ATLANTA, Feb. 16 (UPI) -- Synthetic marijuana use has been linked to acute kidney injuries to more than a dozen people in the United States, federal health officials say.
The health problem has not been previously diagnosed in users of the designer drug, the U.S. Centers for Disease Control and Prevention reported Friday.
The agency said 16 cases of acute kidney injury were reported in six states between March and December 2012.
All of the 16 who received treatment between the ages of 15 and 33, CDC said, and all but one was male.
Some 12 of the patients reported to hospital emergency rooms complaining of pain in their abdomen, side or back. Biopsies performed of six of eight patients found acute tubular injury, while three of eight showed signs of acute interstitial nephritis. Five patients required hemodialysis.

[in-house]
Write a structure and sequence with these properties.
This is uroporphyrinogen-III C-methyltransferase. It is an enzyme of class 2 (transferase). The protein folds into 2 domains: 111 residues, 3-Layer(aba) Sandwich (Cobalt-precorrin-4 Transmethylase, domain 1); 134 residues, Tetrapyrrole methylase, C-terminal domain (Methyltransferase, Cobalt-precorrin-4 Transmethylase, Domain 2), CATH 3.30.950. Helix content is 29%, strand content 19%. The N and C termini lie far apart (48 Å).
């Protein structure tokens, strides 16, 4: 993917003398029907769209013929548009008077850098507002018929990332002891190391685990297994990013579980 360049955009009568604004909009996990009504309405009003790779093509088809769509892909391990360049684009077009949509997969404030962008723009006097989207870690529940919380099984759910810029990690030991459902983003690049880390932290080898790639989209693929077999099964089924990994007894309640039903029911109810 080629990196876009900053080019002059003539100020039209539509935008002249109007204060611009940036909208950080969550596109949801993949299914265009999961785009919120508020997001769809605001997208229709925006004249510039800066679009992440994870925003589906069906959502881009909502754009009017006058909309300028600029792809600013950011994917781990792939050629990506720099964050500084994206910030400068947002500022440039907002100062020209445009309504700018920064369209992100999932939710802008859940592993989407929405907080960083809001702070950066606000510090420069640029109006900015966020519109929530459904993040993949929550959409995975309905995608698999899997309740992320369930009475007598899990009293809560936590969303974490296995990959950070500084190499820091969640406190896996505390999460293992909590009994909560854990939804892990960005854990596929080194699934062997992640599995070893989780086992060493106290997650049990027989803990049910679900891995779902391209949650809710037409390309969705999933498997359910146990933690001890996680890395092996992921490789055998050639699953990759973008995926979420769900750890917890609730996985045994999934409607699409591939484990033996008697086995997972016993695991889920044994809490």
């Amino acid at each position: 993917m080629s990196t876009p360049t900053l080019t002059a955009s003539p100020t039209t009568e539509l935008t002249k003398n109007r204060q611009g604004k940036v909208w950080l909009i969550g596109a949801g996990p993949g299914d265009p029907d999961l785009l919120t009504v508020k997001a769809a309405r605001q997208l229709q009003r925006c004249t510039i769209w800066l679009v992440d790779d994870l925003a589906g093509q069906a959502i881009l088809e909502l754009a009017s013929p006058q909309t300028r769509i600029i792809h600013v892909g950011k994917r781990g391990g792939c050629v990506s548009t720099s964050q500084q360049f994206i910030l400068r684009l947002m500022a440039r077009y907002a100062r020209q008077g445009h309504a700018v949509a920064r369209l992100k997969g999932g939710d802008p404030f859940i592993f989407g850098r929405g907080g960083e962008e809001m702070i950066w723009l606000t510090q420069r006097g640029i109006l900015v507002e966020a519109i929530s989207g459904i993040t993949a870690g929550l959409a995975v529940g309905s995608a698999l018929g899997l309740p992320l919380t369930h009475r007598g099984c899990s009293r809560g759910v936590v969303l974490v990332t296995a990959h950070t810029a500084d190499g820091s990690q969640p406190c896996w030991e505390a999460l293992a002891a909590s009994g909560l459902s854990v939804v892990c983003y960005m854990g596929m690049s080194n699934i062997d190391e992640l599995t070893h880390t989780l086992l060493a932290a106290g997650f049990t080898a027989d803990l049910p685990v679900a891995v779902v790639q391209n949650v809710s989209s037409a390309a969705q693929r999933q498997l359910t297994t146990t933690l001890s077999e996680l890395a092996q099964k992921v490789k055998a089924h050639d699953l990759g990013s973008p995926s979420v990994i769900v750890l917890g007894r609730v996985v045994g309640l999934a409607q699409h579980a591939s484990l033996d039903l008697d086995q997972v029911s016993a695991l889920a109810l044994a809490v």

Normal kidney function returned after treatment, the CDC found. However, the agency cautioned that recent studies suggest the illness could lead to an increased risk for chronic and end-stage kidney disease.
CDC said it did not know why the synthetic marijuana caused the illnesses, but suggested it might be associated with a toxin or a new synthetic cannabonoid entering the market.
Rapid heart beat, hypertension, hallucinations and seizures are more commonly associated with synthetic marijuana use.
It is sometimes sold as "synthetic marijuana," "herbal incense," "potpourri" and "spice."
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